Monthly review

Market Review

In December 2017, the MSCI Far East ex-Japan Index was up 2.3%, outperforming the MSCI World Index which was up 1.3%.

The Dow Jones Industrial Average Index (DJIA) was up 1.8% over the month, notching its ninth straight monthly gains. DJIA ended the year with 25.1% gain, while the S&P 500 Index gained 19.4% for the year. When dividends are included, the S&P 500 Index has posted positive returns every calendar month in 2017 — the first such streak in history. Based on the mean forecast of strategists polled by Bloomberg, the index is expected to gain 7.0% in 2018. The U.S. Dollar Index (DXY) was down 1.0% over the month. In Eurozone, the Stoxx Europe 600 Index was up 0.6% over the month and up 7.7% for the year. Euro was up 0.9% against the U.S. Dollar over the month and up 14.2% in 2017, its best performance since 2003. Europe’s tech companies have rallied 20% in 2017, making it one of the best performing sectors in the Europe, while mining stocks also had a strong year, helped in part by a late-2017 rally in metals prices.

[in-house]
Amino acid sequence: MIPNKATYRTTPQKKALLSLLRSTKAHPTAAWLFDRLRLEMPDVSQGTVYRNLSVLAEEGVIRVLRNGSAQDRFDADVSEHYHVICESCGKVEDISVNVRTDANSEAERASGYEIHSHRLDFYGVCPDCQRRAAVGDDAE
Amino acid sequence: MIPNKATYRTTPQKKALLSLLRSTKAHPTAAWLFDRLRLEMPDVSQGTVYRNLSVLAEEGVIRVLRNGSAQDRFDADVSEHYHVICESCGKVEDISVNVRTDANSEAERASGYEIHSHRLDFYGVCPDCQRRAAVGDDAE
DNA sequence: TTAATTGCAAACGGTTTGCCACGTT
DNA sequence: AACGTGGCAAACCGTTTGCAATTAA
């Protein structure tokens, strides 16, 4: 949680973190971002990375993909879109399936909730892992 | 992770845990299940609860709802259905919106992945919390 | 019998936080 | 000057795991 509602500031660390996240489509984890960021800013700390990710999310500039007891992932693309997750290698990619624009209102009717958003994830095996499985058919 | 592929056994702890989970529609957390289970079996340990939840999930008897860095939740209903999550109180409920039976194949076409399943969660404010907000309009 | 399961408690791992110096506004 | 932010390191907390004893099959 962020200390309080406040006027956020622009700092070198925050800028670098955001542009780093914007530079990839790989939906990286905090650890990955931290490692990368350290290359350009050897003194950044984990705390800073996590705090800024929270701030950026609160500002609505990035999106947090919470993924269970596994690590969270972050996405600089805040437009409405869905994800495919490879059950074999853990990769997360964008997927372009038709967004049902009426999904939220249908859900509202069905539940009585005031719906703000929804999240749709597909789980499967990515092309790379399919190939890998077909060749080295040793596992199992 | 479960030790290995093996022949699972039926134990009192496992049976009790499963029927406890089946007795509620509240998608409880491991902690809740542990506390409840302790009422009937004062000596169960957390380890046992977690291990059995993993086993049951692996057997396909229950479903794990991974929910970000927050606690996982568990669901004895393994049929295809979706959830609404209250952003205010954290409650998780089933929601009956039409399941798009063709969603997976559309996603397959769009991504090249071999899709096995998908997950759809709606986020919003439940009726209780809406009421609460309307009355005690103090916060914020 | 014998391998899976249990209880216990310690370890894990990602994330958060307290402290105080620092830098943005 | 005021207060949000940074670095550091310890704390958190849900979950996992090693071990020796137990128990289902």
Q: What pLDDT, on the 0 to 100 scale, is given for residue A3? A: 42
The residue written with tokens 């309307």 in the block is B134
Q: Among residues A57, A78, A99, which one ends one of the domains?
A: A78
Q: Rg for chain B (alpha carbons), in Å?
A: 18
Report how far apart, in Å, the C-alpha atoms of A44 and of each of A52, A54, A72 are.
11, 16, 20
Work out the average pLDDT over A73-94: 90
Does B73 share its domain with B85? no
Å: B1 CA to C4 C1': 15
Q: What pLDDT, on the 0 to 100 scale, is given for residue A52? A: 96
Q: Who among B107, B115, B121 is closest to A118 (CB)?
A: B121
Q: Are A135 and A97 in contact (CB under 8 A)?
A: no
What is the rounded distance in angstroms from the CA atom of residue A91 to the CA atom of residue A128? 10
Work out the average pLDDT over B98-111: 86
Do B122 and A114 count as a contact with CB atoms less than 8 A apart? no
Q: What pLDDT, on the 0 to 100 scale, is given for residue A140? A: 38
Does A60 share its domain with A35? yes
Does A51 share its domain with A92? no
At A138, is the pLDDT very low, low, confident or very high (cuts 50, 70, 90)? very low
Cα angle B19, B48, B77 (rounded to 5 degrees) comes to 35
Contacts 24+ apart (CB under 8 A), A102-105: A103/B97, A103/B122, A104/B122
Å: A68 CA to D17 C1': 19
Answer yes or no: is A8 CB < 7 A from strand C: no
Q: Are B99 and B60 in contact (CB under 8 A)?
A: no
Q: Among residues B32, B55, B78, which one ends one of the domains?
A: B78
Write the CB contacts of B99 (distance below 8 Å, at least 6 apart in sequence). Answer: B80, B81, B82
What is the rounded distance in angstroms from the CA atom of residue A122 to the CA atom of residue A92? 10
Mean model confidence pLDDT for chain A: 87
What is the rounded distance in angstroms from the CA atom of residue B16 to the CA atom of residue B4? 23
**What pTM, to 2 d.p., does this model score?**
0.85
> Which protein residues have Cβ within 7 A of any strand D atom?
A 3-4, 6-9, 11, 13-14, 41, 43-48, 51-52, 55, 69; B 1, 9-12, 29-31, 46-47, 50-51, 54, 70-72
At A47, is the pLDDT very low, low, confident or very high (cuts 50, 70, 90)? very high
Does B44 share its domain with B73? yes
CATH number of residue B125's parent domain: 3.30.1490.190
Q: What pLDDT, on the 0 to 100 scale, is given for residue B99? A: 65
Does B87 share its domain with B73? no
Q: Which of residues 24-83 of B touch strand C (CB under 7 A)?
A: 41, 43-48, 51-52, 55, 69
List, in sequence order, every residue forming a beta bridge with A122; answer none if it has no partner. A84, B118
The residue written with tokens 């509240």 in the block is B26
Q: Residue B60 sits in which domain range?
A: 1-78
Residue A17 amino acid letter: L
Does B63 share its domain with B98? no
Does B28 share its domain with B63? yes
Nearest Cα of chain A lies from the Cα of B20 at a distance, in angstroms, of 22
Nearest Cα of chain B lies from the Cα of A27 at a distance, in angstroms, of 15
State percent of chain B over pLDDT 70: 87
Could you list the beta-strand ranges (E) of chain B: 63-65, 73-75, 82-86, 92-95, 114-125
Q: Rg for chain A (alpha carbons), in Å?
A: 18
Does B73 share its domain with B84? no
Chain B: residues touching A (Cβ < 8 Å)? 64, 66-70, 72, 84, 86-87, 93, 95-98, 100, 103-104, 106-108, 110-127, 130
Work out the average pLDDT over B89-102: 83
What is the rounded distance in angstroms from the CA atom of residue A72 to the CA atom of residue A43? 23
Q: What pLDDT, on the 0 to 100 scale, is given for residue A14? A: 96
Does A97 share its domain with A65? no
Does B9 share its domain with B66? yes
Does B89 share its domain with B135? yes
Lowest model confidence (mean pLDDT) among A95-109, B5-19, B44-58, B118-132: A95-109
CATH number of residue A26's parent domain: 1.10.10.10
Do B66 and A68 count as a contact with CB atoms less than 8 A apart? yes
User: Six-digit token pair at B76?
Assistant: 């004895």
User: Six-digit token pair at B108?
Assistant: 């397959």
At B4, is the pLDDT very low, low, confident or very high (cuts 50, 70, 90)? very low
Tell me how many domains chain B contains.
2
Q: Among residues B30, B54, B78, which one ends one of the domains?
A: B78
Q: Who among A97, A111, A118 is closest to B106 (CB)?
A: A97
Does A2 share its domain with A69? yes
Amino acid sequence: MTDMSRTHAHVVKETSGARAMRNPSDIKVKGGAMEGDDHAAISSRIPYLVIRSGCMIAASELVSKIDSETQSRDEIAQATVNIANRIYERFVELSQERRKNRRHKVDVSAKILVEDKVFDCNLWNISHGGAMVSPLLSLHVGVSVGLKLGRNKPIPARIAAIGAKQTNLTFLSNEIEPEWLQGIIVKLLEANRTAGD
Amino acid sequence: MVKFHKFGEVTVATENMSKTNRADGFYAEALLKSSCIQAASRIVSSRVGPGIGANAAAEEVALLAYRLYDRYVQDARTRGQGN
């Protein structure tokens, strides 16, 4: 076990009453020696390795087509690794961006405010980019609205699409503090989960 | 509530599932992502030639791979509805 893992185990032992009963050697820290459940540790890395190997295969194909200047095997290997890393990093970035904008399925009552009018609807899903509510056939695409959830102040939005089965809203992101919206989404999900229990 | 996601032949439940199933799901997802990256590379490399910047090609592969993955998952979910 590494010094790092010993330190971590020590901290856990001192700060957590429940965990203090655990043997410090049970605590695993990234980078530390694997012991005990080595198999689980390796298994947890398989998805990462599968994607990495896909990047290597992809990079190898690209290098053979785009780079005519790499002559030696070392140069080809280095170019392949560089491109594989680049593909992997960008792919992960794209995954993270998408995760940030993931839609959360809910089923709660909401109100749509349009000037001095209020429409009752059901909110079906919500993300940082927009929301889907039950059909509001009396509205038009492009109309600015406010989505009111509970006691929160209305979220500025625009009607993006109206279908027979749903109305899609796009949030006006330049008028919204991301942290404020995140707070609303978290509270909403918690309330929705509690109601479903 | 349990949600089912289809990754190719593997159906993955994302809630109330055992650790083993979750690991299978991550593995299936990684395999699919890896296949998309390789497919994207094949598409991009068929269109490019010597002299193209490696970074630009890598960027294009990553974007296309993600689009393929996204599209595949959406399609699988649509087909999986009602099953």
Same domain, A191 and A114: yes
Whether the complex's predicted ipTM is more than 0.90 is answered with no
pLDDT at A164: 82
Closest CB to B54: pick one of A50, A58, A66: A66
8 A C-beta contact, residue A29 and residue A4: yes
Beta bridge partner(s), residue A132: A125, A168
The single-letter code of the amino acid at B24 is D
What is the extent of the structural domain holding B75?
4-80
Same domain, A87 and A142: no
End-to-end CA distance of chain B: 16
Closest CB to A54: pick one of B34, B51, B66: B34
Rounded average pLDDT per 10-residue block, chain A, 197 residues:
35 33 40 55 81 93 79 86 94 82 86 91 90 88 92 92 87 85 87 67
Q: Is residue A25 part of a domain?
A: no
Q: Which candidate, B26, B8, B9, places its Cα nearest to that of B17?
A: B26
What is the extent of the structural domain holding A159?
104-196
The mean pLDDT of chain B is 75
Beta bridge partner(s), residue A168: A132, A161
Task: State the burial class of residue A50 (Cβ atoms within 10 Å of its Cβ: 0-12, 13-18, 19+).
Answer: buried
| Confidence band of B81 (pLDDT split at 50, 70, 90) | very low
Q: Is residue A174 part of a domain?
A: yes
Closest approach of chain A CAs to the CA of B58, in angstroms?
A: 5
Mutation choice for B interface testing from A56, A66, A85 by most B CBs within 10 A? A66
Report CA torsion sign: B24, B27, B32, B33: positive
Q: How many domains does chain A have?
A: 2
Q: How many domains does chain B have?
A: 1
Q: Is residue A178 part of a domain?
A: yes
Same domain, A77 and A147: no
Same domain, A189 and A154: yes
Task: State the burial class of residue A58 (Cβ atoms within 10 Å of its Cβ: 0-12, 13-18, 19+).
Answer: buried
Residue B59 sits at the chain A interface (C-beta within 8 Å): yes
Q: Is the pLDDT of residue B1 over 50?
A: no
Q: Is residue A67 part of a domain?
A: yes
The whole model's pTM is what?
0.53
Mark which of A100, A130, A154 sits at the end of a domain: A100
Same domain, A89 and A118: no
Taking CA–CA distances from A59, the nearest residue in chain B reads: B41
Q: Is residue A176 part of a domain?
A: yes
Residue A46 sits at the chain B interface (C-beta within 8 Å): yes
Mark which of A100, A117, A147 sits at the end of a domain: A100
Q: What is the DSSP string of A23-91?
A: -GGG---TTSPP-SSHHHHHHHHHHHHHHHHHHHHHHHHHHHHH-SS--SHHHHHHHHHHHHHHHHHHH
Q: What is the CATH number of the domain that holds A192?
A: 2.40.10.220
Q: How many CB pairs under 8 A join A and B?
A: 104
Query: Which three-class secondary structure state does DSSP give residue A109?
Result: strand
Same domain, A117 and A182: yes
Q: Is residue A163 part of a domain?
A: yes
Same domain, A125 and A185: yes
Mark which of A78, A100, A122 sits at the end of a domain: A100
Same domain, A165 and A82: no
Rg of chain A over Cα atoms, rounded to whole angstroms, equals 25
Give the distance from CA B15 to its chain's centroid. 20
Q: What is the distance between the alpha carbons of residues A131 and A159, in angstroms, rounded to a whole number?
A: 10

The Shenzhen Shanghai CSI 300 Index was up 0.6% over the month and 21.8% over the year, while the Hang Seng China Enterprises Index was up 2.0% over the month and 24.6% in 2017. The Renminbi was up 1.4% against the U.S. Dollar over the month and 6.7% in 2017. The Hang Seng Index gained 2.5% over the month and 36.0% in 2017, its best annual gain in 8 years. Tencent Holdings, Hong Kong’s most valuable company, climbed 114.0% this year, contributing to about a third of the main index’s gains. China mainland investors are becoming more active investors in the Hong Kong market through the Stock Connect links.  In the first 10 months of 2017, the China mainland investors trading through the link contributed 7.2% of Hong Kong market’s average daily equity turnover, compared with an average of 4.0% in 2016 and 2.4% in 2015.